Under the Henfluence: A Book Review

Day 333 of 365

I am jealous of two things in my life–barns and I am jealous of this magnificent book. I wish I was not, but this is the book of my dreams. In her new book, Under the Henfluence: Inside the World of Backyard Chickens and the People Who Love Them, Tove Danovich weaves her experiences with chickens with the latest research as well as the history these beautiful birds to create a book that compels readers to think about chickens with a more open mind. She asks readers to consider a world where chickens are treated with the respect they deserve.

In her introductory chapter, Danovich writes, “This book is about chickens, yes, but it is also about how they can change your life if you let them” (p. 7).

And Danovich shows the readers how she is changed by her chickens, along with what she learns about their intelligence and their individual personalities. Danovich’s stories and experiences will resonate with so many of us. She describes that first day meeting her baby chicks, of picking them up at the post office early in the morning and meeting the fluffy babies. This early chapter really spoke to me. I remember that morning of picking up my baby chicks at the post office and being in awe. I used to keep a blog called Pajamas, Books, and Chickens. In my first post, I wrote about meeting my chickens for the first time:

I stood at the back door of the post office and knocked. When a woman came to the door, I told her I was there for a box of baby chicks. She asked my name and then disappeared behind the post office door. She reappeared a few minutes later with a box much smaller than I had anticipated, and that box was cheeping loudly. I loved those chicks before I could even see them. I loved how they sounded. As I carried the girls to the car, I spoke through the holes in the box. “Hi, babies, I am your mama, and everything is going to be alright.”

There are some major milestones in my life, and, as wild as it sounds, getting our chicks was a milestone for me. In the days after we brought the girls home, I gave notice at my job in academic administration and set out to change my life.

Danovich tells a similar story–one so many of us will identify with, only her writing is vivid and gorgeous.

She writes: When I got to the front and told the woman what I was there for, her face lit up with a smile. “They’re just over on my desk. I’ll go get them for you.”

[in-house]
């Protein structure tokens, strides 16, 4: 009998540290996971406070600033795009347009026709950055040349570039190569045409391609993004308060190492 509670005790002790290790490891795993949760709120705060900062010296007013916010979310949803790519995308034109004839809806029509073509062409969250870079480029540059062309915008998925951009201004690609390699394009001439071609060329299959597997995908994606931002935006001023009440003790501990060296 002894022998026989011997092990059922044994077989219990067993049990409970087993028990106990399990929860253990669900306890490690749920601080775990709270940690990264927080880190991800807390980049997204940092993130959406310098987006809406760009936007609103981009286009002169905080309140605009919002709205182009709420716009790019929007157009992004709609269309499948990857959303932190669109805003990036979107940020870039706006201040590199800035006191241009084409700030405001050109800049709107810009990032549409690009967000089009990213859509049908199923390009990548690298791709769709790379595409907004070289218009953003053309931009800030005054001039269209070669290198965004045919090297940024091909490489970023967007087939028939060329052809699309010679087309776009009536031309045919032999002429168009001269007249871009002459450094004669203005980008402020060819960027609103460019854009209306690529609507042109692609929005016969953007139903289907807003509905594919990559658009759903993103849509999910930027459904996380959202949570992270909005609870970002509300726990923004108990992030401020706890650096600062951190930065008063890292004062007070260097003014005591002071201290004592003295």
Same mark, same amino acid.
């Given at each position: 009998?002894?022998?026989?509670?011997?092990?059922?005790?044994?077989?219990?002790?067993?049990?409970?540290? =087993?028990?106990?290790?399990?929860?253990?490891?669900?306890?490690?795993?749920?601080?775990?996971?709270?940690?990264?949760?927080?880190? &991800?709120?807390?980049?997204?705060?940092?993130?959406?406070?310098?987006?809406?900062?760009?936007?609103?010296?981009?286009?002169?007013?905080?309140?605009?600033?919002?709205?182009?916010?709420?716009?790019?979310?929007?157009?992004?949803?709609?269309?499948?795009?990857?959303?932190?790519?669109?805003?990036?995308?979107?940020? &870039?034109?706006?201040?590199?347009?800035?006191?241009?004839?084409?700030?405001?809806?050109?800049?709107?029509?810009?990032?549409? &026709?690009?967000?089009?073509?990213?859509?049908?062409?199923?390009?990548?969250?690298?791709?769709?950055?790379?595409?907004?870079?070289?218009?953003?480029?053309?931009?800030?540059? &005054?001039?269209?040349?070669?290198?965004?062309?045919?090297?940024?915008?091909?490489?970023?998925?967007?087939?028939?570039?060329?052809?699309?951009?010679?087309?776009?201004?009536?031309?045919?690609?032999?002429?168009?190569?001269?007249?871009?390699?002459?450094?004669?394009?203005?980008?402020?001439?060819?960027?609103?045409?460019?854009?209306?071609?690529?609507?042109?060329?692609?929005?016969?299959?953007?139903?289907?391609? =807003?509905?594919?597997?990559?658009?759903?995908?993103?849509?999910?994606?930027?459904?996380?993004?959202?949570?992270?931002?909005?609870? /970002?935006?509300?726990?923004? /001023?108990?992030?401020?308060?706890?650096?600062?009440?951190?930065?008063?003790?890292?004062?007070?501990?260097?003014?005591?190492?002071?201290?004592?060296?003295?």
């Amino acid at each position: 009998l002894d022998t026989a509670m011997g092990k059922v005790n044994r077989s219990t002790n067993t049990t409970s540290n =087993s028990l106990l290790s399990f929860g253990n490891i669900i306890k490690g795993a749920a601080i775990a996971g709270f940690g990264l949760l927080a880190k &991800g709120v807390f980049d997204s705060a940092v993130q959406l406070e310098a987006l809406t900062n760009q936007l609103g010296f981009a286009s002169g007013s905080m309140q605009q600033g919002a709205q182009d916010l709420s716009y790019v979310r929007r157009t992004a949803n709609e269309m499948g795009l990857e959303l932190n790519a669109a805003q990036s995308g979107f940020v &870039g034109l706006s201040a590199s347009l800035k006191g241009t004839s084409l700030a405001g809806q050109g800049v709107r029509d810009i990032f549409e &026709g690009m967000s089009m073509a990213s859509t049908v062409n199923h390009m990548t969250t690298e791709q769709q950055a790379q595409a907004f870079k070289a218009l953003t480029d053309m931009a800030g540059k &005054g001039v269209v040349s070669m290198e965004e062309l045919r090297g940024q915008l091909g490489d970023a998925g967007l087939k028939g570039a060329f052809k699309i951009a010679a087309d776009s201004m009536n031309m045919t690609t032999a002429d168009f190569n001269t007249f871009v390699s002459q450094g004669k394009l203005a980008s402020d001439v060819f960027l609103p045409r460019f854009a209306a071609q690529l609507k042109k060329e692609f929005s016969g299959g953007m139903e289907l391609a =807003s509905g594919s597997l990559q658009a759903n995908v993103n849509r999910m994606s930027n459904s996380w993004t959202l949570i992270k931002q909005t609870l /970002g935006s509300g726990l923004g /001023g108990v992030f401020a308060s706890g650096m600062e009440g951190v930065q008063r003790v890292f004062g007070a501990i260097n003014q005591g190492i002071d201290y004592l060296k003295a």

She walked into the back. I heard her coming toward me a few seconds before I saw her. “Peep! Peep! Peep! Peep!” the chicks yelled furiously from their cardboard box…For three small birds, they sure could make a lot of noise (p. 16).

Danovich has a beautiful writing style, and I love the way she describes both the highs and lows of keeping chickens. She describes the curiosity and learning that happens when you keep chickens for the first time–the kind that changes your heart and mind and brings you such joy. She also describes the heartbreak that happens when you fall in love with these magnificent creatures because, inevitably, there will be loss.

In the book, she describes her first loss where she felt responsible. Her dog killed one of her hens, Betty, and Danovich struggled to forgive herself. I know this pain well. We lost a dear hen to a hawk attack, but I was home and heard the scream. I didn’t run out to her immediately because I wasn’t sure what I was hearing. We lost Lucy II because I didn’t run to her immediately, and the guilt was powerful. I also really struggled because friends and family couldn’t understand my grief. So many times, I heard people say, “It’s just a chicken.”

Danovich writes of her own first heartbreak and of the grief the other hens felt about the loss of their friend and member of their little flock of three: When I stopped crying long enough to come outside to check on Lyle’s progress [he was digging a grave for Betty], I heard Peggy and Joan calling from the coop…Unless I was right next to the birds, I rarely heard them make a noise at all. Now their calls rang out from the coop to the front door, two hundred feet away. I took a moment to listen, as I had done so often when they were chicks. That’s when the tears came again.